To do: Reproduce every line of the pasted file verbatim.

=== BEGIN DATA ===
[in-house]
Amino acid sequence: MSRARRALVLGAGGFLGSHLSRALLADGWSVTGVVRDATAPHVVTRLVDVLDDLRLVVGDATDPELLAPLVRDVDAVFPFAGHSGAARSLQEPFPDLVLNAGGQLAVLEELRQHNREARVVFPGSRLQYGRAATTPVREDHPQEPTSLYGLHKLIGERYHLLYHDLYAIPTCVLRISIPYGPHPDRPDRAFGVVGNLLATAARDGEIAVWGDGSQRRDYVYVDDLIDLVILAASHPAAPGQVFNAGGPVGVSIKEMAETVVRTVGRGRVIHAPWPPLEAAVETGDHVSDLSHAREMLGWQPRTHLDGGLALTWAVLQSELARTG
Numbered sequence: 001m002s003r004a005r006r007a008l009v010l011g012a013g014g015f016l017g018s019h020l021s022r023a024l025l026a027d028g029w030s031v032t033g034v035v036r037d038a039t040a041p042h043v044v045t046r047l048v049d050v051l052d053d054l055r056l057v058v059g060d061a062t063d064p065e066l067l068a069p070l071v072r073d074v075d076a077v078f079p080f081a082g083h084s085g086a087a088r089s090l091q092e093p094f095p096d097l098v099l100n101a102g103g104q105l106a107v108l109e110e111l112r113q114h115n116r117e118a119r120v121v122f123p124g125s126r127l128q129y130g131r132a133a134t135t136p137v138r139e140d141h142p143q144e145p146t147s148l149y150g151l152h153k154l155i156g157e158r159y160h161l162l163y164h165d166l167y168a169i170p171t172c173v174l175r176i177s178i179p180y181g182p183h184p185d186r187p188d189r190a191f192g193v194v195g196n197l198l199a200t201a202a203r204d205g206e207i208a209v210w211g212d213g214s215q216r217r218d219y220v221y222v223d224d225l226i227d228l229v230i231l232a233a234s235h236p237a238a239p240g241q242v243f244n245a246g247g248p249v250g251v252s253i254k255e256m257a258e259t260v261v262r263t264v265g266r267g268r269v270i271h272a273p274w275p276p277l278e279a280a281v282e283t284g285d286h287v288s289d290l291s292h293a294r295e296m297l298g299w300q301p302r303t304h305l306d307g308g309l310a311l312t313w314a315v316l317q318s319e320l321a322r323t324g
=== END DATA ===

[in-house]
Amino acid sequence: MSRARRALVLGAGGFLGSHLSRALLADGWSVTGVVRDATAPHVVTRLVDVLDDLRLVVGDATDPELLAPLVRDVDAVFPFAGHSGAARSLQEPFPDLVLNAGGQLAVLEELRQHNREARVVFPGSRLQYGRAATTPVREDHPQEPTSLYGLHKLIGERYHLLYHDLYAIPTCVLRISIPYGPHPDRPDRAFGVVGNLLATAARDGEIAVWGDGSQRRDYVYVDDLIDLVILAASHPAAPGQVFNAGGPVGVSIKEMAETVVRTVGRGRVIHAPWPPLEAAVETGDHVSDLSHAREMLGWQPRTHLDGGLALTWAVLQSELARTG
Numbered sequence: 001m002s003r004a005r006r007a008l009v010l011g012a013g014g015f016l017g018s019h020l021s022r023a024l025l026a027d028g029w030s031v032t033g034v035v036r037d038a039t040a041p042h043v044v045t046r047l048v049d050v051l052d053d054l055r056l057v058v059g060d061a062t063d064p065e066l067l068a069p070l071v072r073d074v075d076a077v078f079p080f081a082g083h084s085g086a087a088r089s090l091q092e093p094f095p096d097l098v099l100n101a102g103g104q105l106a107v108l109e110e111l112r113q114h115n116r117e118a119r120v121v122f123p124g125s126r127l128q129y130g131r132a133a134t135t136p137v138r139e140d141h142p143q144e145p146t147s148l149y150g151l152h153k154l155i156g157e158r159y160h161l162l163y164h165d166l167y168a169i170p171t172c173v174l175r176i177s178i179p180y181g182p183h184p185d186r187p188d189r190a191f192g193v194v195g196n197l198l199a200t201a202a203r204d205g206e207i208a209v210w211g212d213g214s215q216r217r218d219y220v221y222v223d224d225l226i227d228l229v230i231l232a233a234s235h236p237a238a239p240g241q242v243f244n245a246g247g248p249v250g251v252s253i254k255e256m257a258e259t260v261v262r263t264v265g266r267g268r269v270i271h272a273p274w275p276p277l278e279a280a281v282e283t284g285d286h287v288s289d290l291s292h293a294r295e296m297l298g299w300q301p302r303t304h305l306d307g308g309l310a311l312t313w314a315v316l317q318s319e320l321a322r323t324g